Minnesota Correctional Facility – Stillwater

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Minnesota Correctional Facility – Stillwater
Minnesota Correctional Facility–Stillwater.jpg
Main entrance of the Minnesota Correctional Facility – Stillwater
LocationBayport, Minnesota, United States
Coordinates45°1′40″N 92°47′20″W / 45.02778°N 92.78889°W / 45.02778; -92.78889Coordinates: 45°1′40″N 92°47′20″W / 45.02778°N 92.78889°W / 45.02778; -92.78889
StatusOperational
Security classLevel 4- "Close Custody"
Population1537[1] (as of February 12, 2019)
Opened1914
Managed byMinnesota Department of Corrections
WardenGuy Bosch
Street address970 Pickett Street
CityBayport, Minnesota
CountyWashington County
StateMinnesota
ZIP Code55003
CountryUnited States
Websitehttps://mn.gov/doc/facilities/stillwater/
State Prison Historic District
Area35 acres (14 ha)
Built1910–14, 1928
ArchitectClarence H. Johnston, Sr.
Architectural styleGothic Revival
NRHP reference #86001574[2]
Added to NRHPJuly 10, 1986

The Minnesota Correction Facility – Stillwater (MCF-STW) is a close custody (level 4) state prison for men in Bayport, Minnesota, United States. Built 1910–1914, it houses 1,600 inmates in seven different living areas. Additionally, approximately 100 inmates are housed in a nearby minimum security area. It replaced the original Minnesota Territorial Prison located just to the north in the city of Stillwater, Minnesota. Until recent expansion of the medium custody (level 3) Minnesota Correctional Facility – Faribault, MCF-STW was the state's largest facility by inmate population. A historic district consisting of 22 contributing properties was listed on the National Register of Historic Places in 1986 as the State Prison Historic District for having state-level significance in architecture. It was nominated for being one of the nation's earliest and most influential appearances of the "telephone pole" layout, with a large main hallway connecting each of the units, that was widely adopted by high-security prisons.[3] MCF-STW is noted for its award-winning publication The Prison Mirror, the oldest continuously-operated prison newspaper in the United States.[4]

History[edit]

The idea for the creation of the original Minnesota State Prison at Stillwater came in February of 1851 as part of legislation dealing with territories. However, the prison did not start receiving inmates until two years later in March 1853, which was still five years before Minnesota was inducted into statehood.[5] At the beginning of the 20th century the prison started to become severely overcrowded, leading to the passing of legislation providing allowances to build a new prison two miles (3 km) south of the original location. The new prison, created in 1912, was placed on 160 acres (65 ha) of land and included two factory buildings, two warehouses, a hospital, a chapel, a greenhouse, a dining hall, and five cell buildings to accommodate the large number of prisoners. The prison was run by the warden and the Board of Inspectors, which had three members who created the prison rules and were in charge of determining and implementing punishments within the prison. In 1901 the Board of Inspectors was replaced by the State Board of Control, which had monthly meetings at the prison and mostly involved reviewing and discussing parole requests. This lasted until 1959. During 1959 the State Board of Control relinquished its authority to the Minnesota Department of Corrections, which had recently been established.[5]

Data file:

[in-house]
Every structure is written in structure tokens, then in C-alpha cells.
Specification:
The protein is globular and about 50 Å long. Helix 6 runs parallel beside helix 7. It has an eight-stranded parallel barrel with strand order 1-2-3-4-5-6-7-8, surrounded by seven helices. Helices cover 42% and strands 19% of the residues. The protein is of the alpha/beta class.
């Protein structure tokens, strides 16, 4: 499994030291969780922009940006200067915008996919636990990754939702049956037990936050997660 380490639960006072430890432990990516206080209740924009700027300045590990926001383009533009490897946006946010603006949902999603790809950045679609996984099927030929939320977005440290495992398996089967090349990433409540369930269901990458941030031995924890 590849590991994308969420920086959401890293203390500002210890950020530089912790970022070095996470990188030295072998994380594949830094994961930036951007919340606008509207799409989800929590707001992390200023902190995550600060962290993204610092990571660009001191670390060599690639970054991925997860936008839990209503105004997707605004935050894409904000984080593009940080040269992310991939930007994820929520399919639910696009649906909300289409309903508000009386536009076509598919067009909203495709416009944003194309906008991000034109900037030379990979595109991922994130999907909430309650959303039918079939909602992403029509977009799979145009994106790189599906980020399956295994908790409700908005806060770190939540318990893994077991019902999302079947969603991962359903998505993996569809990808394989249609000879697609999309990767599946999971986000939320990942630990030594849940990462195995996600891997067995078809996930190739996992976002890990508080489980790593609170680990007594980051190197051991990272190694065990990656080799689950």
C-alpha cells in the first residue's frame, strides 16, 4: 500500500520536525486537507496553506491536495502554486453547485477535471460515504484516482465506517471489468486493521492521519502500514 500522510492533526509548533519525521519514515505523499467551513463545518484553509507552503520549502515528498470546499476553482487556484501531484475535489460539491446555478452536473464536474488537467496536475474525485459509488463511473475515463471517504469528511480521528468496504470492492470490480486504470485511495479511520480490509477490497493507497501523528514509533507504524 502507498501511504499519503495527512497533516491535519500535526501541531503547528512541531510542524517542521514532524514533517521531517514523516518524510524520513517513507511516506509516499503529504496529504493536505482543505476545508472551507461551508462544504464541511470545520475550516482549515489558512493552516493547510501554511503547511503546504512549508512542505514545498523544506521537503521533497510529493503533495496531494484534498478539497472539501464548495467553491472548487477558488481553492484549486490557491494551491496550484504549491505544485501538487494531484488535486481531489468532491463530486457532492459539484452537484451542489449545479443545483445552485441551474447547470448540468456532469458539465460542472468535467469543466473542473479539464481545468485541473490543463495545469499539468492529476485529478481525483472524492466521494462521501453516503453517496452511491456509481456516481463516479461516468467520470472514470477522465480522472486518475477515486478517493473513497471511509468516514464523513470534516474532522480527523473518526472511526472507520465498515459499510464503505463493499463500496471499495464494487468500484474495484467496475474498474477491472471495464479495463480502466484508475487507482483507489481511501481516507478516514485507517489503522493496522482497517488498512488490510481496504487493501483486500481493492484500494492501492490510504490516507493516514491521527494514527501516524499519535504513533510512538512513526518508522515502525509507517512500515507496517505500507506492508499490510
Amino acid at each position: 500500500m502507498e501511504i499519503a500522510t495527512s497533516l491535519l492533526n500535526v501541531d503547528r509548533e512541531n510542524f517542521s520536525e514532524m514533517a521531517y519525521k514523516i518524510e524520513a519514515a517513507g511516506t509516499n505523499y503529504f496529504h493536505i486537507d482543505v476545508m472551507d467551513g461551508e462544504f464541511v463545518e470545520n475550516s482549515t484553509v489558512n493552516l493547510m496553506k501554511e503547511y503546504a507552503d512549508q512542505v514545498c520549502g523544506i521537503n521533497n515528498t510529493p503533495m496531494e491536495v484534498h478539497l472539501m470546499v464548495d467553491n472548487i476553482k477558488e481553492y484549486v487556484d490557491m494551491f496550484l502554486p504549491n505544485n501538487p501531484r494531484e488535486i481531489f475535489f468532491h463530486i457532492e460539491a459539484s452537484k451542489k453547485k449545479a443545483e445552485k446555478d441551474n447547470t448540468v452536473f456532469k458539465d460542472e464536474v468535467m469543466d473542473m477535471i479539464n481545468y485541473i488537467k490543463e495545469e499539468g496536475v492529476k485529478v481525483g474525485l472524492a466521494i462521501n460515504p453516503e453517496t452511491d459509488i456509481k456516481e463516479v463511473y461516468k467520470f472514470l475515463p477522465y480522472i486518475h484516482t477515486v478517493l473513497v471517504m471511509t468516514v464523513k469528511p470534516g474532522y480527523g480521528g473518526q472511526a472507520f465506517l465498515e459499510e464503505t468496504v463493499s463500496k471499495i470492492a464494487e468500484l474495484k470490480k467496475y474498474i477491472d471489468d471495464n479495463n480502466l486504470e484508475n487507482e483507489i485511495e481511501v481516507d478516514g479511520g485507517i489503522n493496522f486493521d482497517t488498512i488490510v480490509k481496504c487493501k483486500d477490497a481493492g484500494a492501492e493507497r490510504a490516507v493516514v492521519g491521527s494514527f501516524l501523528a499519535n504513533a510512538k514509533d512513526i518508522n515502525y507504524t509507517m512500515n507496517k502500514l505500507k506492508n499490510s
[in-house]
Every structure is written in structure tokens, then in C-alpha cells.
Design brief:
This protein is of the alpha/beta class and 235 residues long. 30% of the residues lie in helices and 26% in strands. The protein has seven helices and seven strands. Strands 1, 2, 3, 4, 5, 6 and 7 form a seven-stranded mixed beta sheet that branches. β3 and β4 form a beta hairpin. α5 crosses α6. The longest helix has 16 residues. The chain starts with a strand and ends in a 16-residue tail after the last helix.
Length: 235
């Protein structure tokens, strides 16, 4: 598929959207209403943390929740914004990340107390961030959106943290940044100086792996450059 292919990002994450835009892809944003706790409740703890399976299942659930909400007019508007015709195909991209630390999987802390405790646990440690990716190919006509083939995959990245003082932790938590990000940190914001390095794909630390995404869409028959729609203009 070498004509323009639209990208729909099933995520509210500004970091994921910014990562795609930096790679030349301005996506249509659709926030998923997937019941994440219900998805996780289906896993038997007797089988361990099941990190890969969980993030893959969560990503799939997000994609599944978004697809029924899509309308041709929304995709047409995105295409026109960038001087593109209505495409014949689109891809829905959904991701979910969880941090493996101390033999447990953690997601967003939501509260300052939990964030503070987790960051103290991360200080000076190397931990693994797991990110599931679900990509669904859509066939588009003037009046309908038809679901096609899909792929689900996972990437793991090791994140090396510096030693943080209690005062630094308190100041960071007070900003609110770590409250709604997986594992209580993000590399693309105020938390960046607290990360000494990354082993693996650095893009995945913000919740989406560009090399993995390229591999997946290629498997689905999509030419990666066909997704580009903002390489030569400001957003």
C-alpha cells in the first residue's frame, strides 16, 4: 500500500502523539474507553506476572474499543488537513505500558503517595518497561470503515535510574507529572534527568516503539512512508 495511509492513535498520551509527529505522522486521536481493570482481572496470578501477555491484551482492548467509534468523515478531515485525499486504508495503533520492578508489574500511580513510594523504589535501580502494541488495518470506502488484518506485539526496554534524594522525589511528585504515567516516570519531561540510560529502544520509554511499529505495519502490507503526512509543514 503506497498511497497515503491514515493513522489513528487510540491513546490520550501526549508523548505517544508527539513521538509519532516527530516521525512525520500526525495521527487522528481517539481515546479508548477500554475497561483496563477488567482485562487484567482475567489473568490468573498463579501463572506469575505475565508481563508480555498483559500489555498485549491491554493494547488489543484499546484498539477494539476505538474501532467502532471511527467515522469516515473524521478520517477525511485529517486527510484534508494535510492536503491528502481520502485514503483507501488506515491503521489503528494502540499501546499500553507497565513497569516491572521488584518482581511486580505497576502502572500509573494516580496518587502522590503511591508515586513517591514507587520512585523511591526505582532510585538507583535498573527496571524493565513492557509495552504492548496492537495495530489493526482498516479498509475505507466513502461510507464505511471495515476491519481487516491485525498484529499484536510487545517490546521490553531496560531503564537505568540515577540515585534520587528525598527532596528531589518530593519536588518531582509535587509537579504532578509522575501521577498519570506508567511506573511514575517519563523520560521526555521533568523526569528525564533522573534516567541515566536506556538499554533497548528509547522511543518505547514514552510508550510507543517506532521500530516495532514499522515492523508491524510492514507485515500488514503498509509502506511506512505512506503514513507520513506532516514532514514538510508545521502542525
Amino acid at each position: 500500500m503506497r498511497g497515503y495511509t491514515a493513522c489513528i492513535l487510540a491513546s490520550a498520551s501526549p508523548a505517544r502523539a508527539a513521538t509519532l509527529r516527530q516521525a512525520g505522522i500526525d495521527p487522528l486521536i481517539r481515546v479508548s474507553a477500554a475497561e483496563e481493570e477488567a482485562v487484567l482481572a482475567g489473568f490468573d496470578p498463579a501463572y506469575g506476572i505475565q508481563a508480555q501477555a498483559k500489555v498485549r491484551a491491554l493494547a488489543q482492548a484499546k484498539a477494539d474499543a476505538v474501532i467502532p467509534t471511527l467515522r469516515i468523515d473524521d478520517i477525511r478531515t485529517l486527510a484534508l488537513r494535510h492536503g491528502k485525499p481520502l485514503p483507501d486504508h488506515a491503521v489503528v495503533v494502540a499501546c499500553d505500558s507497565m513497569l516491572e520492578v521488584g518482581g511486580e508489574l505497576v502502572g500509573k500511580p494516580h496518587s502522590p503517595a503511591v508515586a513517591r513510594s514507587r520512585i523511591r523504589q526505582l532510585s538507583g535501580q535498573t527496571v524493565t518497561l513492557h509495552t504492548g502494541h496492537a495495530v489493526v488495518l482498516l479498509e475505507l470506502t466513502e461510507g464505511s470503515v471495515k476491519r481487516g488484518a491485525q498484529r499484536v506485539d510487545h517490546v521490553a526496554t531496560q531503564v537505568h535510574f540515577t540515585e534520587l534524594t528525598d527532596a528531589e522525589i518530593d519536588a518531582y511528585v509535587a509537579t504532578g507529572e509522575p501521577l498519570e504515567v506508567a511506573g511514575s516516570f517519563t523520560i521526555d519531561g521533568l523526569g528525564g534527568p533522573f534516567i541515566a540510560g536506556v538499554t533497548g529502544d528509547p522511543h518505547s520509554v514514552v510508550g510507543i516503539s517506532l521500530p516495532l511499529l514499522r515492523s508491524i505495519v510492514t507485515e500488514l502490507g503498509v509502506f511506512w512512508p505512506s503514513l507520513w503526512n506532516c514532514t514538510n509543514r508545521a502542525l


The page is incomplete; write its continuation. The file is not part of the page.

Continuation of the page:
In 2008 four inmates attempted to tunnel their way out. David Spaeth, Craig Friend, Andrew Salinas and Gonzalo Hernandez used pilfered tools, including an electric hammer drill, to tunnel approximately 25 feet. Their plan was thwarted when a corrections officer followed a power cord. Prison officials described the escape attempt as "sophisticated and complex."[6]

On July 18, 2018, an inmate serving a 29-year homicide sentence killed officer Joseph Gomm, age 45 years, who had been a corrections officer at the facility for 16 years. It was the state's first known incident of a prison guard killed in the line of duty by an inmate.[7]